France, EU may clash on gambling

European Union (EU) internal market chief Charlie McCreevy may take action against France as early as Thursday because of the country's gambling laws, which McCreevy deems "protectionist." According to McCreevy, France's state gambling monopolies breach EU single market rules.

Attention was brought to France's gambling policies after Manfred Bodner and Norbert Teufelberger, the co-chief executives of online betting company Bwin Interactive Entertainment AG, were arrested in the country in September for allegedly violating gaming laws.

According to French law, online gaming and advertisements from companies other than the state-run gaming companies Francaise des Jeux and PMU are forbidden.

The Bwin bosses had been about to announce the company's sponsorship deal with the Association Sportive de Monaco football club. Since then the French Professional Football League has decided to ban clubs from online gambling advertising.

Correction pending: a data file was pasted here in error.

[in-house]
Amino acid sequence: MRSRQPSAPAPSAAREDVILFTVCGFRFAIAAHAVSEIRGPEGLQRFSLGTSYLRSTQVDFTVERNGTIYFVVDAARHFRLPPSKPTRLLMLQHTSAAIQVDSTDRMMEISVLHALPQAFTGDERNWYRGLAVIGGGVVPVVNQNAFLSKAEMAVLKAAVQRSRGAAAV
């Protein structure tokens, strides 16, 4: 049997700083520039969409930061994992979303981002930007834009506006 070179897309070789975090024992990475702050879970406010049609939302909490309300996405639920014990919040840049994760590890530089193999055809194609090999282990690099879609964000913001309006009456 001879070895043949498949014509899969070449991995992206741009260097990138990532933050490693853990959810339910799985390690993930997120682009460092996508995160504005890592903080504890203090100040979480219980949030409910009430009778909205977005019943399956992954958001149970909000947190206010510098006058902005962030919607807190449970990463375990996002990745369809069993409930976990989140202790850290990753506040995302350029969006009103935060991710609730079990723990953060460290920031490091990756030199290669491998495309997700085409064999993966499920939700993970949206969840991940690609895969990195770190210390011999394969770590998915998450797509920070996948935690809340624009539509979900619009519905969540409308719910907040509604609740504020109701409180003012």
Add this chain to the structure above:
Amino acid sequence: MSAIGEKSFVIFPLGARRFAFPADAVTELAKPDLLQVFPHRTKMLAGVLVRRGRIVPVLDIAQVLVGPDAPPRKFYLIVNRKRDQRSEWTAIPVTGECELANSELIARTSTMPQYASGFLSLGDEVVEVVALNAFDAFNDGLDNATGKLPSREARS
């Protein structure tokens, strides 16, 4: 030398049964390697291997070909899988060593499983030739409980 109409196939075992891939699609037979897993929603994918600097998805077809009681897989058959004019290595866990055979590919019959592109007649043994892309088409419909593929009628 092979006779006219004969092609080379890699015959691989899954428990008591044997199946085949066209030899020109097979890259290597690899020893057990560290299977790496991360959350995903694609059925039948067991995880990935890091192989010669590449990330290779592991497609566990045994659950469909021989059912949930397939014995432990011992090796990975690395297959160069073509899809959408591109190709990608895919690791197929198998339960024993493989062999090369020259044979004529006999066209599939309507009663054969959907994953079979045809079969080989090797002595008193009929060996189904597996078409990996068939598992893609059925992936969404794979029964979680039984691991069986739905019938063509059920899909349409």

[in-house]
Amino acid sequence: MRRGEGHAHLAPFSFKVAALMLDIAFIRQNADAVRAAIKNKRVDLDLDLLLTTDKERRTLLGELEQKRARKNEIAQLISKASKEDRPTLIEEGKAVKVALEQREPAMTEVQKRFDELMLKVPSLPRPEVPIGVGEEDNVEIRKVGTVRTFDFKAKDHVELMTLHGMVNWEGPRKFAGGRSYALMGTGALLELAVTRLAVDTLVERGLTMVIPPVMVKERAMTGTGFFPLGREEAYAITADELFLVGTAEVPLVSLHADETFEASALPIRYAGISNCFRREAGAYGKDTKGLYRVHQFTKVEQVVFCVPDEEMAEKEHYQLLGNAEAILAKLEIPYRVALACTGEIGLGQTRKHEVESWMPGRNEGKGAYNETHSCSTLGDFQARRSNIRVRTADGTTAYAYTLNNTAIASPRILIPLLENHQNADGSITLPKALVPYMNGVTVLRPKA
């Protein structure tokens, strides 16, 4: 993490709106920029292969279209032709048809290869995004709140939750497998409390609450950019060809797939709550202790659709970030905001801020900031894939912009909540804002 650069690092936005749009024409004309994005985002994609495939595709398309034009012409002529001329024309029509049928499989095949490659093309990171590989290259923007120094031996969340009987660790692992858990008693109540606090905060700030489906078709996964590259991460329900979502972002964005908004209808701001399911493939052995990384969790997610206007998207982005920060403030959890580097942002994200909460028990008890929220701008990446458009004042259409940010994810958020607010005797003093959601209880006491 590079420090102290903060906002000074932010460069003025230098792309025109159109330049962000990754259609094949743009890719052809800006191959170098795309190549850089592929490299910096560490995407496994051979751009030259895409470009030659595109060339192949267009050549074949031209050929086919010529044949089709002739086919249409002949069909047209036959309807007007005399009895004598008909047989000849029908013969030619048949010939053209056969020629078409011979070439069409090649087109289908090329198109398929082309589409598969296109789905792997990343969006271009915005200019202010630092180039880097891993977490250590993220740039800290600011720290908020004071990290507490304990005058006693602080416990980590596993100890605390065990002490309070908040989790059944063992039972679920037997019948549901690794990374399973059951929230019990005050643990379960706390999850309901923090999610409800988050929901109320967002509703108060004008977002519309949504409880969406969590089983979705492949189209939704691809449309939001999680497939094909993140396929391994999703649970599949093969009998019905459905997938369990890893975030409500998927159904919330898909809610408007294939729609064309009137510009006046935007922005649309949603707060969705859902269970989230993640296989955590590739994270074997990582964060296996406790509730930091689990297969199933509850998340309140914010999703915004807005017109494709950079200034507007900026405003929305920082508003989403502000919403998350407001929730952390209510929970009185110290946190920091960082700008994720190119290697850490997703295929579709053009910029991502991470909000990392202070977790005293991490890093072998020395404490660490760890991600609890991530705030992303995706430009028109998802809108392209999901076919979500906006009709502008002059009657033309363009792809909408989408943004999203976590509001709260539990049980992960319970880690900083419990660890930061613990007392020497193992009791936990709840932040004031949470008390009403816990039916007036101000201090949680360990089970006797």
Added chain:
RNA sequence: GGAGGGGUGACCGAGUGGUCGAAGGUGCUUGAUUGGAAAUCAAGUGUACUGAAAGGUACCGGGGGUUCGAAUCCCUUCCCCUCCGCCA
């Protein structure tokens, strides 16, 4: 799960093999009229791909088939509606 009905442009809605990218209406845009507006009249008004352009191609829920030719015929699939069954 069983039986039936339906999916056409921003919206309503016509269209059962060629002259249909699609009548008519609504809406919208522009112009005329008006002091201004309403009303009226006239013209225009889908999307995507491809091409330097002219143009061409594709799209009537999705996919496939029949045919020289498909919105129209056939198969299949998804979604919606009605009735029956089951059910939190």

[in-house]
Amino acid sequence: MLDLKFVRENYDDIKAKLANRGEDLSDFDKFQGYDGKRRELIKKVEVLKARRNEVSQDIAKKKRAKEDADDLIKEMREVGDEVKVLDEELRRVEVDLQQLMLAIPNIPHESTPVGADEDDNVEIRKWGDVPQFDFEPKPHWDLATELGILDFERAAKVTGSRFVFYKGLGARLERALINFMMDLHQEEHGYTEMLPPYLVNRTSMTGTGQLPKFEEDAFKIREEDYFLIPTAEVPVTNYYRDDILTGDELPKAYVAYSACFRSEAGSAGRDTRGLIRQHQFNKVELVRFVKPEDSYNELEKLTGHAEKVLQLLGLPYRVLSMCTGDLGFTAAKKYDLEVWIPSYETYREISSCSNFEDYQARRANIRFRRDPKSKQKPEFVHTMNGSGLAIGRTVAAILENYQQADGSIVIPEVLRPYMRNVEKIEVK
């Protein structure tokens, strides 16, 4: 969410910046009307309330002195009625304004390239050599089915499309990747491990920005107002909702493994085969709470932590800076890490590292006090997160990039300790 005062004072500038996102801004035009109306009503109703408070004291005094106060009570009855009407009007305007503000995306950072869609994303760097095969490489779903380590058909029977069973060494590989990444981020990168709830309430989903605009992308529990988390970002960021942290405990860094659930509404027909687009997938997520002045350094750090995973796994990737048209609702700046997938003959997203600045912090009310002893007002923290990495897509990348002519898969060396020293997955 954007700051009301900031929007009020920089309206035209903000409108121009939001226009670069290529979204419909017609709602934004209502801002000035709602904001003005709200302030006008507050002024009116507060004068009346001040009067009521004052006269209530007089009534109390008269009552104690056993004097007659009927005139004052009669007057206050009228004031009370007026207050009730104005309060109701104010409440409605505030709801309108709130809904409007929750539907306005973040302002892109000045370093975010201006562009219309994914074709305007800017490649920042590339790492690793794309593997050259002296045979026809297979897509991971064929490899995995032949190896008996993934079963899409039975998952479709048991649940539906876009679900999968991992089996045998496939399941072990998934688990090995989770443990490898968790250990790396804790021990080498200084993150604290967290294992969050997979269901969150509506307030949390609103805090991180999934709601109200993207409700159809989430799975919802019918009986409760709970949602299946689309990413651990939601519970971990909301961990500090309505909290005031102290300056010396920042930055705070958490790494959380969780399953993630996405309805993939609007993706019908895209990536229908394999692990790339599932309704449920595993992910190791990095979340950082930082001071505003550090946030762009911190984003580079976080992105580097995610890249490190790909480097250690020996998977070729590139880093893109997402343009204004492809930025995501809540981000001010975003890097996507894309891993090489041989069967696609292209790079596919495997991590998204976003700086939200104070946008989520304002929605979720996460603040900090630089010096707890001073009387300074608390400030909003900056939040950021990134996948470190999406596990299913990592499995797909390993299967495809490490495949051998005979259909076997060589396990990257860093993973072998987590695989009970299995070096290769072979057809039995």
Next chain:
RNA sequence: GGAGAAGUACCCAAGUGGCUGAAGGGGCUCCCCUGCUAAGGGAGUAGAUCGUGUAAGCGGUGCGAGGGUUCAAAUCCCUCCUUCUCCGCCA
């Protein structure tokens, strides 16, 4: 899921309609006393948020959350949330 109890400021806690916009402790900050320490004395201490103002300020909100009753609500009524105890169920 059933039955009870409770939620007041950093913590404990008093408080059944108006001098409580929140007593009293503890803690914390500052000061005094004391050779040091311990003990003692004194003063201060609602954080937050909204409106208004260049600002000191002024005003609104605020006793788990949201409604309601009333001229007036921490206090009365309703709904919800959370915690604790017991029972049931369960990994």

Toulouse Football Club, whose primary sponsor is now 888.com, the owner of Pacific Poker, protested the ruling this past weekend by wearing "???.com, censored" on their playing shirts.

Monaco FC team members were forced to remove advertising boards for Bwin before the kickoff of their match Saturday as well. According to a team representative, all advertisements had to be removed as a condition from the French Professional Football League before the match could start.

France has justified its gambling monopoly based on the grounds of maintaining public order. According to the EU, because the gambling agencies are widely advertised, the public order concern could be called into question, and France should either open up access for all European online gambling agencies, or eliminate all gambling in the country.

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